The words “no comment” have a bad reputation. For many, the words mean “guilty.”
When you say “no comment,” a reporter immediately gets suspicious. “Why can’t she comment? Is there a legal reason? Maybe there is a lawsuit? A pending deal?” Neurons in the reporter’s brain begin to spin.
Yet the reality is there are a lot of topics you may not want to discuss or be quoted about. Some compliance departments will never let investment professionals discuss individual stocks or investments. Or maybe you are not an expert on a subject and simply feel uncomfortable being quoted.
There are many ways to decline commenting without saying “no comment.” Here are a few suggestions:
- If you are not an expert or are uncomfortable commenting on a subject, say so. “I am not the best person to address that question. Let me refer you to someone else.”
- If you can’t comment for compliance reasons, tell the reporter. “I will need to run this one by our compliance team, and they rarely let me comment on individual securities.”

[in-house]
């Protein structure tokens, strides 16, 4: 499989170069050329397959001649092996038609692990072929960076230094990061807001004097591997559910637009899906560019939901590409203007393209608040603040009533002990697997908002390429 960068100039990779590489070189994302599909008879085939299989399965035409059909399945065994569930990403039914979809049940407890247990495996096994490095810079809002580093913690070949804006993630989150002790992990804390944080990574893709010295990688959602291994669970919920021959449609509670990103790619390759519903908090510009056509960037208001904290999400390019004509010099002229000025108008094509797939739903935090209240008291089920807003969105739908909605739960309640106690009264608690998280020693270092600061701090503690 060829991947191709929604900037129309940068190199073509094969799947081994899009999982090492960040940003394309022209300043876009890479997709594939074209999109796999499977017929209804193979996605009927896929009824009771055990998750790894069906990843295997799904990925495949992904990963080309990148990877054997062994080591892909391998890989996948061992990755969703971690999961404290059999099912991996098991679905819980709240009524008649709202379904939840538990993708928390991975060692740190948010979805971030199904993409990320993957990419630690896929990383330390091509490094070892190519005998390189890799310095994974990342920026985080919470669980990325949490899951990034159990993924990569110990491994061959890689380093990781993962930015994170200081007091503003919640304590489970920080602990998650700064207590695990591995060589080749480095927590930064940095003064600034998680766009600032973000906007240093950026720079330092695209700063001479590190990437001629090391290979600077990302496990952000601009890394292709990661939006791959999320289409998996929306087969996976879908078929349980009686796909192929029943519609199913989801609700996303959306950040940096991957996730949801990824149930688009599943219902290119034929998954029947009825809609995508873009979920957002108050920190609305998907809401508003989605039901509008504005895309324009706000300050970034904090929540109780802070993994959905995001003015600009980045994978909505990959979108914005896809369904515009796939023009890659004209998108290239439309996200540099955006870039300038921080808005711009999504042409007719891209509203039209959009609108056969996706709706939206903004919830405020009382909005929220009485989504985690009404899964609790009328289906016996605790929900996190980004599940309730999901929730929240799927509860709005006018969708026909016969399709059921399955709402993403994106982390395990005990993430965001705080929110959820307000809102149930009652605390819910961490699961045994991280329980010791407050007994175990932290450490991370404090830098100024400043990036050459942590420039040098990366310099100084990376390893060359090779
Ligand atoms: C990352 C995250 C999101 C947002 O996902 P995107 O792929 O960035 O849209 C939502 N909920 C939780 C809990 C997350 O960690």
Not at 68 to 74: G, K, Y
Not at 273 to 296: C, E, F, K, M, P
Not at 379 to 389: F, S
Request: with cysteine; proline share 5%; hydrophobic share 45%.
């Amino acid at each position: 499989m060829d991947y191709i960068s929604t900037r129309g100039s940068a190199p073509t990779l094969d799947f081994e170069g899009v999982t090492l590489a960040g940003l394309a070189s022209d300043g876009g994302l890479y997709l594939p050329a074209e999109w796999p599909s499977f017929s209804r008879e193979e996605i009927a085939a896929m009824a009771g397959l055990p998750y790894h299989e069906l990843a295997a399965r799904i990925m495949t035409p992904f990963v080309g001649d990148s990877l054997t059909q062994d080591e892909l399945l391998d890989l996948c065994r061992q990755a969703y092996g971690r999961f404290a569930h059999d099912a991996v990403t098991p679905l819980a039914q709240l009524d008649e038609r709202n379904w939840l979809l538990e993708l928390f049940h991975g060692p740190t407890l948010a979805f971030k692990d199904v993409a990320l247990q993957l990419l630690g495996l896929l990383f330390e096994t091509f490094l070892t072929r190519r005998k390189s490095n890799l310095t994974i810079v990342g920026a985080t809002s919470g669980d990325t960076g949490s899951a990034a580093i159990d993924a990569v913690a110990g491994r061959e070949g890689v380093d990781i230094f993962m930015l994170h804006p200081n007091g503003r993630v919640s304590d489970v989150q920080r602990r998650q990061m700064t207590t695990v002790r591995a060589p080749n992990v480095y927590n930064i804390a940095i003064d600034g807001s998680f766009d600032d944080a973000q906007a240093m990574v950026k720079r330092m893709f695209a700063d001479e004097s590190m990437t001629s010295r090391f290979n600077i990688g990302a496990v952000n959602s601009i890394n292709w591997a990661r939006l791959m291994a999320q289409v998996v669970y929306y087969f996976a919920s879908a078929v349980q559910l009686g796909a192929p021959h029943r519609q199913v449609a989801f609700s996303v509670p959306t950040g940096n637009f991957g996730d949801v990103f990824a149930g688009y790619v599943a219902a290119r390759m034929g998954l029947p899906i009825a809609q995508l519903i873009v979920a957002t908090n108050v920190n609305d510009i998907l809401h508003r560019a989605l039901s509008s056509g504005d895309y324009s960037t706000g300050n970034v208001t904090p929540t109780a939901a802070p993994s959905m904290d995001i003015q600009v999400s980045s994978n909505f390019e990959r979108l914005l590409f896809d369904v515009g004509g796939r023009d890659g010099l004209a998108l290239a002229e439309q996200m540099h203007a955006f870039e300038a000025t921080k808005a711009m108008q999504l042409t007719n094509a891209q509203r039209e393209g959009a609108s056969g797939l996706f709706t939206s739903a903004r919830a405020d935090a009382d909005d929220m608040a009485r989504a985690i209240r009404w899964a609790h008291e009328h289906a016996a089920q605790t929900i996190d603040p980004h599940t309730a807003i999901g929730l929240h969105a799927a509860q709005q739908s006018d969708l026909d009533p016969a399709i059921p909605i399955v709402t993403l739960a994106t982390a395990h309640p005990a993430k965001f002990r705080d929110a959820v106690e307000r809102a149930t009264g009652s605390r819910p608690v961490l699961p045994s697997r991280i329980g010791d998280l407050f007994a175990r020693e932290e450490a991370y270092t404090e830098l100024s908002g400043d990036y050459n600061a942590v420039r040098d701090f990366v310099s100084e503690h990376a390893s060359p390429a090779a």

- If you are anticipating news that is not yet announced, tell the reporter you need to take a pass. “I wish I could help you out on this story, but I have to take a pass this time. I hope I can help out next time.”
- Ask the reporter if you can provide information on background and not be quoted for attribution. Make sure the reporter agrees to go “off the record” before offering any background. We recommend that you go “off the record” sparingly. Reporters need named sources for their stories and they’ll stop calling you if you are unwilling to be quoted. But this is an option if you don’t want to be quoted but want to make sure a reporter gets a story right or want to maintain your good relationship with a reporter. The caveat here is that “going off the record” or providing information on background cannot be used as a way to get around compliance rules. If legal says you can’t talk about a subject, you mustn’t even talk on background.
- If there is a pending lawsuit or legal reason why you can’t comment, politely decline. “It would be inappropriate for me to comment given the pending legal matter.” Refer the reporter to a company statement or other public information that may be helpful.
We find a lot of people avoid commenting by simply not returning a phone call. We don’t think this is a good strategy. An alternative is to ask your communications department staff to leave a message or send a quick email to decline the interview.